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TitleThe Philosophy of Right and Left [electronic resource] : Incongruent Counterparts and the Nature of Space / edited by James Van Cleve, Robert E. Frederick
ImprintDordrecht : Springer Netherlands : Imprint: Springer, 1991
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Descript X, 373 p. online resource


Incongruent counterparts are objects that are perfectly similar except for being mirror images of each other, such as left and right human hands. Immanuel Kant was the first great thinker to point out the philosophical significance of such objects. He called them "counterยญ parts" because they are similar in nearly every way, "incongruent" because, despite their similarity, one could never be put in the place of the other. Three important discussions of incongruent counterparts occur in Kant's writings. The first is an article published in 1768, 'On the First Ground of the Distinction of Regions in Space', in which Kant conยญ tended that incongruent counterparts furnish a refutation of Leibniz's relational theory of space and a proof of Newton's rival theory of absolute space. The second is a section of his Inaugural Dissertation, published two years later in 1770, in which he cited incongruent counterparts as showing that our knowledge of space must rest on intuitions. The third is a section of the Prolegomena to Any Future Metaphysics of 1783, in which he cited incongruent counterparts as a paradox resolvable only by his own theory of space as mind-dependent. A fourth mention in the Metaphysical Foundations of Natural Science of 1786 briefly repeats the Prolegomena point. Curiously, there is no mention of incongruent counterparts in either of the editions (1781 and 1787) of Kant's magnum opus, the Critique of Pure Reason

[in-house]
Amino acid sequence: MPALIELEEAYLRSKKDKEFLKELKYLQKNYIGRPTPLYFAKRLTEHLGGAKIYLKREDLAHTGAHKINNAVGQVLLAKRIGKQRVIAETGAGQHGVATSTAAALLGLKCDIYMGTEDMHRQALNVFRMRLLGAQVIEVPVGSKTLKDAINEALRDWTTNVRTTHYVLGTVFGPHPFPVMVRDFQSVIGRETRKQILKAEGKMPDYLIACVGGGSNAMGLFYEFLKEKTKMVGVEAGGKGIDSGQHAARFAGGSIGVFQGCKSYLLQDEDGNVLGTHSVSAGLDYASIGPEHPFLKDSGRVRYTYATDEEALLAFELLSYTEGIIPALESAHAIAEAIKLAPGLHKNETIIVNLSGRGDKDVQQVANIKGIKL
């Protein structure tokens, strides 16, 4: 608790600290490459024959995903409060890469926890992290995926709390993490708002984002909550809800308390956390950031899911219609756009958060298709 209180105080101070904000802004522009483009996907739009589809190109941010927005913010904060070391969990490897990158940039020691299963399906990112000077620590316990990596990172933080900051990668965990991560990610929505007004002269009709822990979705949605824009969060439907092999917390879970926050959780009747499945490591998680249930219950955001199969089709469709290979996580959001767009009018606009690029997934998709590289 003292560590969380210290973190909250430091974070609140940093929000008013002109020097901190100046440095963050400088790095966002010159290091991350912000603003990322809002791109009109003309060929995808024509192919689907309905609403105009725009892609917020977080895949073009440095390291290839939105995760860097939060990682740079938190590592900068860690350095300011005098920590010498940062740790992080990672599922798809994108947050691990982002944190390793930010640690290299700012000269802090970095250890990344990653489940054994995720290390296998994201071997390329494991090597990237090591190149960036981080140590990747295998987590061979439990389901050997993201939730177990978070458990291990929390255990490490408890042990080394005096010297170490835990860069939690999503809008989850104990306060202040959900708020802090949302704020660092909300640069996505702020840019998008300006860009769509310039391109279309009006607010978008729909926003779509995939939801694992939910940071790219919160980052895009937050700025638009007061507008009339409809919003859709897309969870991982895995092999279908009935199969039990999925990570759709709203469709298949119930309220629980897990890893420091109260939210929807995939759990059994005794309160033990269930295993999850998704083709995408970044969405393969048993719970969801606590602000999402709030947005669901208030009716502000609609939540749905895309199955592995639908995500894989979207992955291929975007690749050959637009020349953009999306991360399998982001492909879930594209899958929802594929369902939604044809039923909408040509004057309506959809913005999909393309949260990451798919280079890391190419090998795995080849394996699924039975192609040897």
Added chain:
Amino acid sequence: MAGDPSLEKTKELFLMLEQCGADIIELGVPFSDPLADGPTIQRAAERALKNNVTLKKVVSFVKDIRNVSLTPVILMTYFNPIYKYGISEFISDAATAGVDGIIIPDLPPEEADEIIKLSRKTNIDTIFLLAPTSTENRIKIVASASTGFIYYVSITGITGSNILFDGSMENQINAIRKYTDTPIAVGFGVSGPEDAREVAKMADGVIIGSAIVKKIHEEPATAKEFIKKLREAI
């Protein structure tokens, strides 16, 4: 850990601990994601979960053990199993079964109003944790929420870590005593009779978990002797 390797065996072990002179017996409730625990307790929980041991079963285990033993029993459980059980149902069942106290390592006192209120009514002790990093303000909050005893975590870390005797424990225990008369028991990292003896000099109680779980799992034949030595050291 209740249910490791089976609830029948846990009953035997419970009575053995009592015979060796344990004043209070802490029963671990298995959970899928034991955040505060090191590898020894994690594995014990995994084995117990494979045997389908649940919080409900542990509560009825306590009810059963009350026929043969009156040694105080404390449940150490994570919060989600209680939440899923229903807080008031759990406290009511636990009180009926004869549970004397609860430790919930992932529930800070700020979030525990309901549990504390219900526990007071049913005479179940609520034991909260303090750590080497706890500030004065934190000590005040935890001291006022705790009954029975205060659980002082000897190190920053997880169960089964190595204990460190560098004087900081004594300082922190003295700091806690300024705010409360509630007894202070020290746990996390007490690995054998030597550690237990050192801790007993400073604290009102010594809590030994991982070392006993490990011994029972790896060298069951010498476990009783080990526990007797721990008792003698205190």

To The Argument Of 1768 -- To The Arguments Of 1770 And 1783 -- On The First Ground Of The Distinction Of Regions In Space (1768) -- Selection From Section 15 Of Dissertation On The Form And Principles Of The Sensible And Intelligible World (1770) -- Selection From The Prolegomena To Any Future Metaphysics (1783) -- On Higher Space -- The Paradox Of Incongruous Counterparts -- Tractatus 6.36111 -- Incongruent Counterparts And Absolute Space -- The Fourth Dimension -- The Ozma Problem And The Fall Of Parity -- The Difference Between Right And Left -- Kant Incongruous Counterparts, And The Nature Of Space And Space-Time -- Hands, Knees, And Absolute Space -- Incongruous Counterparts, Intrinsic Features, And The Substantiviality Of Space -- Incongruent Counterparts -- Showing And Telling: Can The Difference Between Right And Left Be Explained In Words? -- Right, Left, And The Fourth Dimension -- On the Other Hand...: A Reconsideration of Kant, Incongruent Counterparts, and Absolute Space -- Replies To Sklar And Earman -- Kant On Incongruent Counterparts -- The Role of Incongruent Counterparts in Kantโ{128}{153}s Transcendental Idealism -- Incongruent Counterparts And Things In Themselves -- Contemporary Contributors

Philosophy Metaphysics Philosophy and science Philosophy Philosophy of Science Metaphysics


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